MICHELLE MONROE, St. Albans Messenger
“Where that outfall drops out there’s significant erosion.”
HIGHGATE — Thursday night the Highgate selectboard leant its support to two projects aimed at improving stormwater conditions in the town.
The board voted unanimously to do excavation work on private properties with ditches that carry water away from the Highgate Elementary School.
Also on the agenda was a project to reduce runoff on Mill Hill. Friends of Northern Lake Champlain (FNLC) and Stone Environmental have conducted stormwater reviews of several Franklin County communities, identifying projects with the greatest potential for improving water quality.
In Highgate, water from Mill Hill Road and a stormwater drain are eroding the sides of Mill Hill, with the nutrient-laden sediment going into the Missisquoi River and ultimately into Lake Champlain.
Julie Moore, the former director of the Center for Clean and Clear, now with Stone Environmental, showed the Messenger where stormwater flows off the road damaging the road edge and eroding the sides of the hill.
A small, unnamed stream carries the eroded sediment into the Missisquoi. The stream meanders through the heavily wooded middle areas on the hill, depositing some of the sediment it’s carrying until it reaches a culvert beneath a canoe portage along the river. Once the stream passes through the culvert, the water gains speed and becomes more centralized, quickly eroding the area below the culvert.
In addition to the roadside runoff, catch basins around Highgate Center collect stormwater from 33 acres of land and direct it into a pipe that comes out on Mill Hill.
“Where that outfall drops out there’s significant erosion,” said Moore.
FNLC and engineers from Stone Environmental are proposing to redirect some of that stormwater into the ground, so that it does not go cascading down the hill.
Redirecting the stormwater from Highgate Center will not stop the erosion along the side of the road, explained Moore, but it would be a first step in reducing the overall amount of water and sediment being carried into the lake from Mill Hill.
Sediment impairs water quality because the sediments within the soil encourage the growth of blue-green algae in warmer months.
FNLC presented the selectboard with several possible stormwater projects in Highgate Center that would address stormwater runoff where it initially falls, rather than sending it over the hill. The one it recommended was an 800-square-foot rain garden in the park between the town offices and library.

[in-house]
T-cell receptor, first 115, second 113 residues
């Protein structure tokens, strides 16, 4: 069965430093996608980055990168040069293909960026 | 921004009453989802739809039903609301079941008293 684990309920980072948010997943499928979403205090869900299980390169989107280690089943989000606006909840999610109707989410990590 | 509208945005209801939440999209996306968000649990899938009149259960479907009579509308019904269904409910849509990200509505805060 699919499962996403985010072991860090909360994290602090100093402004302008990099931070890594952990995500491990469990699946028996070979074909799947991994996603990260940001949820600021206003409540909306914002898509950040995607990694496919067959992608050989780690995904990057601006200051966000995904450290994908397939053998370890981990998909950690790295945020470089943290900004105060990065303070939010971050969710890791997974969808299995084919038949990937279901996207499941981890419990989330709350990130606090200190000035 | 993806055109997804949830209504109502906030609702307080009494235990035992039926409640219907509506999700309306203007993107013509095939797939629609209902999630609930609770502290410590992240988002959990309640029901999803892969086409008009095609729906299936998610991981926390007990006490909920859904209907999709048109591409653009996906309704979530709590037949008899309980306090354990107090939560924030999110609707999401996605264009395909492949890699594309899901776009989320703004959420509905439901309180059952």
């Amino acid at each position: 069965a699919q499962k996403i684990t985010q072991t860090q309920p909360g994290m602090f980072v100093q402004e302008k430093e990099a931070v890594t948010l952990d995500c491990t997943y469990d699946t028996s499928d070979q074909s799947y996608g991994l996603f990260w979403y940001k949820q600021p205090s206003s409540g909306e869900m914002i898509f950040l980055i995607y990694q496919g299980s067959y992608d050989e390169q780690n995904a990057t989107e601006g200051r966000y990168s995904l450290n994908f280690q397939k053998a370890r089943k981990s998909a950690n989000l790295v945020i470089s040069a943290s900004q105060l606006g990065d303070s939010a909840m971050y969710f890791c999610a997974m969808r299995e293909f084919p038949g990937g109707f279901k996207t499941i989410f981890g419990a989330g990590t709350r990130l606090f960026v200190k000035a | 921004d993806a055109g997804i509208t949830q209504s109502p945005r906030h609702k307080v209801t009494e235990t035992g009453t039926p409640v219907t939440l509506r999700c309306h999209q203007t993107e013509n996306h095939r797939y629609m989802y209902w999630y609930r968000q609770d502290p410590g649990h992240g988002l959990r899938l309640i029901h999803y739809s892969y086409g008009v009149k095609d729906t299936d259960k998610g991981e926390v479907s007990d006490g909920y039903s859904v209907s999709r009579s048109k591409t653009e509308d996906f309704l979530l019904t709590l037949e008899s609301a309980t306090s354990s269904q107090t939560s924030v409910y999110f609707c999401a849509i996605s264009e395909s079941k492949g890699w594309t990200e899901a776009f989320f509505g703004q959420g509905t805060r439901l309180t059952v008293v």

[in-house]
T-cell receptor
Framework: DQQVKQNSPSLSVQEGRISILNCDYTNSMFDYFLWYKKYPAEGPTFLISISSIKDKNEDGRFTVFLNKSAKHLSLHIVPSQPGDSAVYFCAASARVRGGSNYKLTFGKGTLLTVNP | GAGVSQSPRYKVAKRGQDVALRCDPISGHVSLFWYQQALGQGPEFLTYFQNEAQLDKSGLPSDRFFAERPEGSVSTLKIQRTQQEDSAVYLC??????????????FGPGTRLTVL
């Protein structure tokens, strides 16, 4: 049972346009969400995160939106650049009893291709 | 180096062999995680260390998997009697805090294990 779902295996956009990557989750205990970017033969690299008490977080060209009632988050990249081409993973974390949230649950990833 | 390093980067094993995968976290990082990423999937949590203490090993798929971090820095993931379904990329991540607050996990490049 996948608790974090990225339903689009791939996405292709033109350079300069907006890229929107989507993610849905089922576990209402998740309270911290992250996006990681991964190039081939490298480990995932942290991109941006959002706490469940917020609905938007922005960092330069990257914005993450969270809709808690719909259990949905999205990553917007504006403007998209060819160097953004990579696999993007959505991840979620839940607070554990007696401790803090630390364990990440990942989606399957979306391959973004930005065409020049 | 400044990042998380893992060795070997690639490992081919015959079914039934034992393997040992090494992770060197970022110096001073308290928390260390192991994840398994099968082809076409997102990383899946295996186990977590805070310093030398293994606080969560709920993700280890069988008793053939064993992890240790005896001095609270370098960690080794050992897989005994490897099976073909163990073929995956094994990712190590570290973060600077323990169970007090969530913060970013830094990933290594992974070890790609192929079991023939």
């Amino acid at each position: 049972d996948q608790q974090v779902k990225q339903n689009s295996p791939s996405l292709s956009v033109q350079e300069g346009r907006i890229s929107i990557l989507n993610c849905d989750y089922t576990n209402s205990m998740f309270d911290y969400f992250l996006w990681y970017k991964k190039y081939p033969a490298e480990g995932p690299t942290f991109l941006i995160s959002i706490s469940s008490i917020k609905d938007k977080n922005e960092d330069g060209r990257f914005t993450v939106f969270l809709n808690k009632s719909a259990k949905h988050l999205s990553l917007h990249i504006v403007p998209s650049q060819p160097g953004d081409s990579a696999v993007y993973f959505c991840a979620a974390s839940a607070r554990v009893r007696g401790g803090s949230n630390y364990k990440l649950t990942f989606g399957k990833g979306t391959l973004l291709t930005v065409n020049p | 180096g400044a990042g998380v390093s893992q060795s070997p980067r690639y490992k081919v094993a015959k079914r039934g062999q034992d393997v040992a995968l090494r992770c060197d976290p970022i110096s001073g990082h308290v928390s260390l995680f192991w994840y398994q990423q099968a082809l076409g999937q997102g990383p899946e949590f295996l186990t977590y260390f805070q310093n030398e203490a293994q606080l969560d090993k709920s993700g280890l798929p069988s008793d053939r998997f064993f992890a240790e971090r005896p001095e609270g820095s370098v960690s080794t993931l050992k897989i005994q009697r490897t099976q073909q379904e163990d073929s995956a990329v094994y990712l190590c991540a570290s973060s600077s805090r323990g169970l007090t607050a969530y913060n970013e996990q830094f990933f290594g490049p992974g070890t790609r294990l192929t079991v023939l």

“You have fabulous sandy soils,” Moore told the selectboard. Those sandy soils allow water to infiltrate into the land quickly.
The rain garden would be built near Route 207 and would take advantage of the catch basin along the edge of the road. When rainfalls exceed the amount the garden could hold, the excess would flow into the catch basin.
The rain garden would be able to retain all of the water from storms with an inch or less of rainfall. That’s 90 percent of the storms in Vermont, said Moore.
“There’s a layer of clay below all the sand,” said selectboard chair Henry Rainville. When the soils become saturated, the water moves over that layer of clay and “the sand goes with it,” he explained.
There have been multiple landslides in Highgate in recent years.
Moore said the increased risk of landslides from this project was minimal, especially compared to the risks created by ongoing erosion on Mill Hill.
“The benefits of these projects far outweigh the risks,” said Moore.
Asked about approvals from the Agency of Transportation, Moore said the agency typically allows such projects as long as there is clear agreement about who is responsible for maintenance. Maintenance is “typically fairly limited” for rain gardens, said Moore.
Steve Bushey asked about the impact on residential wells. Moore replied that as part of the design for the project, Stone Environmental would make certain the project was at least 500 to 1,000 feet from any wells.
The project does not conflict with a conceptual design for a new sidewalk that would connect the town offices and library, although there will need to be communication as both projects move forward.
Once design for the rain garden is complete, FNLC will come back to the selectboard for approval before beginning installation.
The selectboard voted unanimously to give FNLC permission to create a rain garden design for the park.
Drainage at the school
For several years, the Highgate Elementary School has struggled with excess water on the school grounds. The school’s basement has flooded more than once, damaging the building and stored supplies.
Voters previously approved funding to address the problem and the school now has a design for a tile system to take water away from the building.
“We have to get the water away from the building,” said school board member Ron Tobin.
“Highgate School District is very concern about the building becoming wet again,” said Laura McAllister, a member of the school board.
“We’re committed to this. We have the money to do this project.”
The school is asking the town to assist by clearing out a ditch and potentially cleaning some culverts on private property that carry water from the school to Frog Pond.
Rainville was concerned the town would be setting a precedent for doing work on private property. “I firmly believe as a landowner you should take care of your land,” he said.
Selectboard member Luke Choinere moved to have the town provide excavating services for the project as necessary, but began his motion by stating the town was doing the work because of its importance to the school.
The board unanimously approved the motion.